Aria with Thirty Variations, BWV988
Víkingur Ólafsson (piano)
Reviewed by: Susan Stempleski
Reviewed: 7 February, 2024
Venue: Stern Auditorium, Carnegie Hall, New York City
For his main stage Carnegie Hall debut, Víkingur Ólafsson delivered a dazzling interpretation of Bach’s Goldberg Variations, midway through his season-long tour, performing the piece in 88 venues across six continents.
As the audience’s welcoming applause abated, he calmly sat down and began a 75-minute, faultless account – from memory – of the labyrinthian work. The graceful opening aria, played straightforwardly, without excessive ornamentation, gave no hint of what was to follow. From there, Ólafsson launched into a high-speed, blissfully lyrical, strikingly transparent reading of the first variation, setting the mood for the performance– one that radiated joy and commanded one’s total attention. What followed this initial show of contrasts was a spectacular display of virtuosity. The performance became better and better – and more intense – as it moved forward, sometimes not pausing at all.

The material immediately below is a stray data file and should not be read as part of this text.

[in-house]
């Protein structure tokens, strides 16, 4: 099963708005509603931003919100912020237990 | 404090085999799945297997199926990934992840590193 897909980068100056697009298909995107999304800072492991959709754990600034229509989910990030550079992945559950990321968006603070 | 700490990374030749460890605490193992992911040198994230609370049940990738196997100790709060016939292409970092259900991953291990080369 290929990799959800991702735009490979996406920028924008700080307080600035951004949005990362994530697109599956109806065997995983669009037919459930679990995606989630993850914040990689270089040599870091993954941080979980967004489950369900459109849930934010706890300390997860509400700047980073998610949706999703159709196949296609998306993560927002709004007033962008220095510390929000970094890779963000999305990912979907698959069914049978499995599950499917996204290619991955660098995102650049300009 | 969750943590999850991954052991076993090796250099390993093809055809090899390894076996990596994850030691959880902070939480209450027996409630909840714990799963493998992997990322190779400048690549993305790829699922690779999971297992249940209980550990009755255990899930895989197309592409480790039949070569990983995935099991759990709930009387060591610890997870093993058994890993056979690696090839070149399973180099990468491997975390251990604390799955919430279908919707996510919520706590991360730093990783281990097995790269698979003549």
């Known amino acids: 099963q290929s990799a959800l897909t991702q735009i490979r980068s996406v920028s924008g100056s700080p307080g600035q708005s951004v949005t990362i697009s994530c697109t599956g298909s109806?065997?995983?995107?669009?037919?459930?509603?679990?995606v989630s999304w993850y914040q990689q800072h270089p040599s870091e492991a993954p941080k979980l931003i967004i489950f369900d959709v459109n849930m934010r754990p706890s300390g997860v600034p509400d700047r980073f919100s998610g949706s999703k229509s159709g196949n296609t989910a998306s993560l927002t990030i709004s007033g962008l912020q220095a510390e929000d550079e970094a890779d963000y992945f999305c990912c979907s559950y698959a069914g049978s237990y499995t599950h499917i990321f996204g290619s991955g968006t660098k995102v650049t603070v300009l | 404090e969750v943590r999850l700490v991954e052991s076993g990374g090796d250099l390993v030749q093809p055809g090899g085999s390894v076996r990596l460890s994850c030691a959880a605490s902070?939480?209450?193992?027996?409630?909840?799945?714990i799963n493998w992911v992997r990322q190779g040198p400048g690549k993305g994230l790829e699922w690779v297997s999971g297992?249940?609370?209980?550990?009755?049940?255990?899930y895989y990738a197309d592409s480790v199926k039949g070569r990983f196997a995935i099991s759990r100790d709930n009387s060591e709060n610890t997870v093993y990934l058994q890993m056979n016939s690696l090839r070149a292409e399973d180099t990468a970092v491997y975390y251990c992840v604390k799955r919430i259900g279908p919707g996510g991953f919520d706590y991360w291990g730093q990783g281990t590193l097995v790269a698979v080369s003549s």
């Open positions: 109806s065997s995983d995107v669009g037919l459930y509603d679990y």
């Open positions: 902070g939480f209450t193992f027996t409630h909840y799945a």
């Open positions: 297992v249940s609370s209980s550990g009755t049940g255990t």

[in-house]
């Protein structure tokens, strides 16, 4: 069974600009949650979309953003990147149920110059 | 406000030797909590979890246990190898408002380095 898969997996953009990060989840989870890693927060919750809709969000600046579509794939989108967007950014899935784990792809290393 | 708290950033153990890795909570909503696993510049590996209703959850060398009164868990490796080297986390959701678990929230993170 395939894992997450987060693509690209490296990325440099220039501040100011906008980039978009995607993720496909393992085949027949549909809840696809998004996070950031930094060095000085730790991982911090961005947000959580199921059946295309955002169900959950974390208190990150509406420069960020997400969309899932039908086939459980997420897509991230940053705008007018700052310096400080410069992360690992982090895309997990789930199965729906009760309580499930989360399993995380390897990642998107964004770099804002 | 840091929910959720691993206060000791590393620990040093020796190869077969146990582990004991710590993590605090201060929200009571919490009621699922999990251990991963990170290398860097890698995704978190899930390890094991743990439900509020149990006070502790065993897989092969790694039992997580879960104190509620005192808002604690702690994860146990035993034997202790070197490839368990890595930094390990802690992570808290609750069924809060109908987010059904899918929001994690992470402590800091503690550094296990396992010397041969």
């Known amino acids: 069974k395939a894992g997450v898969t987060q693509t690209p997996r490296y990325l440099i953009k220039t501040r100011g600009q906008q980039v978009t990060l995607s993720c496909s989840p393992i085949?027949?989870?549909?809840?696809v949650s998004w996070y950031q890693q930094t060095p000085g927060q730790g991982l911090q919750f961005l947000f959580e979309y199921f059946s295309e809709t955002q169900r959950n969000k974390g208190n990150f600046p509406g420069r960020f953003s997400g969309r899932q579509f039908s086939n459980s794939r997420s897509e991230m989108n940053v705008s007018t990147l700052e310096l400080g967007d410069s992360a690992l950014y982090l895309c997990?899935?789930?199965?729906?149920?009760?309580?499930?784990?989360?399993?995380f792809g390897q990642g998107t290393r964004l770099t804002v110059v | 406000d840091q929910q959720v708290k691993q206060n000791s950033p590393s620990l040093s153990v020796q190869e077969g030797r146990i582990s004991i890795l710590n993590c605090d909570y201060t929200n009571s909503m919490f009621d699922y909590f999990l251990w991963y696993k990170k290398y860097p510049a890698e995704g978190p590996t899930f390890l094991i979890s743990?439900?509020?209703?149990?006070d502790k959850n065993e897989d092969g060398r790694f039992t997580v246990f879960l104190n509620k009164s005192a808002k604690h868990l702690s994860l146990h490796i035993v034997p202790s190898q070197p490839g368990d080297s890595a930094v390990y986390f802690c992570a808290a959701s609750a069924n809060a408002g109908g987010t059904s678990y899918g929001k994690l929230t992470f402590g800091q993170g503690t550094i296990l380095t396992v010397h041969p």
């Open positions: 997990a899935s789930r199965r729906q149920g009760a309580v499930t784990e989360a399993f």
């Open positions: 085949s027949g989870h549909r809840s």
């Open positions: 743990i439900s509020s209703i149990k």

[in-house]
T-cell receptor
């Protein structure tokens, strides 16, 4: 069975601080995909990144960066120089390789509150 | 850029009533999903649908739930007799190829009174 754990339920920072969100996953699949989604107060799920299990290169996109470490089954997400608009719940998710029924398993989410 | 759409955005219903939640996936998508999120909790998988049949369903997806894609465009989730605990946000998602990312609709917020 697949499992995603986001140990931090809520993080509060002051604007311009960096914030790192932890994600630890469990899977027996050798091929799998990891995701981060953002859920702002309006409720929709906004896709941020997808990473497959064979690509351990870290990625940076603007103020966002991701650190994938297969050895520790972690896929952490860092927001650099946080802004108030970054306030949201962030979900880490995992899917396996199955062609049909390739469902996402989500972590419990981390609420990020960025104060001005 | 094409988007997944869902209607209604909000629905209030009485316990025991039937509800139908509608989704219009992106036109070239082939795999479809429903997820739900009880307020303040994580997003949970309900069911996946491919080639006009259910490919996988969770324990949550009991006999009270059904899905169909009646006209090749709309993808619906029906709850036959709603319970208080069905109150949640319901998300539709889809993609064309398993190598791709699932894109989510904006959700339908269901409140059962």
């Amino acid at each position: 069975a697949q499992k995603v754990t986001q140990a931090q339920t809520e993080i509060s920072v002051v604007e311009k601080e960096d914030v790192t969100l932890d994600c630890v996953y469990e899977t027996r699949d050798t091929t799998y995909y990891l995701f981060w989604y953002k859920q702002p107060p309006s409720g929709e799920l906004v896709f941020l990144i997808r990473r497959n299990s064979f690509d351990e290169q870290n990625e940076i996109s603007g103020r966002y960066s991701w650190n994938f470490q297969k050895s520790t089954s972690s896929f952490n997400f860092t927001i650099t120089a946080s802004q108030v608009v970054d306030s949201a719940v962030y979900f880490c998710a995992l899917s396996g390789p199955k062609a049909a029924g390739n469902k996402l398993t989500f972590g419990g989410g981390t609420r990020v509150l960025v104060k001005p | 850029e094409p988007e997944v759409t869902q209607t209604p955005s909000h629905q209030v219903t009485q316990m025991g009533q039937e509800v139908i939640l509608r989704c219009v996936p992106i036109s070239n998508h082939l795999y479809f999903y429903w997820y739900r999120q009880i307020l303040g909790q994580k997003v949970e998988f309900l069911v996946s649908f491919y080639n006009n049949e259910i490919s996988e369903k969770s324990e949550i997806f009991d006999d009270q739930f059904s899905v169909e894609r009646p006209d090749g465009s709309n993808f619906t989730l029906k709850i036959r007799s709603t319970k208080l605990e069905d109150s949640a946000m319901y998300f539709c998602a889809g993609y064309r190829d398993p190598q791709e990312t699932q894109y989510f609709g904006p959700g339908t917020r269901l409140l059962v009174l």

Variation V, the first of the several lively two-part movements involving hand-crossing – one hand repeatedly moving back and forth between low and high registers while the other played in the middle of the keyboard – was cheerfully elegant. VI flew by in a fabulous display of technical control. In IX, where the graceful bass line is uncommonly active, each line managed to maintain a distinct character. Variation XV was highlighted by flawless attention to complex counterpoint.
Ólafsson colored the opening of XVI, a grand French overture, with a wonderfully dignified pomp-and-circumstance character, but his interpretation was most satisfying in the fast fugue-like contrapuntal section that follows. The skittish successor, a bravura two-part toccata, exhibited some impressively robust runs. In the lilting XVIII, the pianist maintained a delicate touch while eliciting an appealing array of tone colors. The minor mode XXV, which Wanda Landowska described as ‘the black pearl’, was especially moving. The final Variation, the ‘Quodlibet’, a complex but lighthearted medley of German folk tunes, ended on a strong and sunny note. The reprise of the aria was rendered exactly as at the beginning, bringing this traversal to a very satisfying conclusion.
Ólafsson interrupted the ovation to thank us and say how thrilled he was to be making his ‘middle-aged debut’ in the hall where he spent so many evenings in the ten-dollar seats during his student years.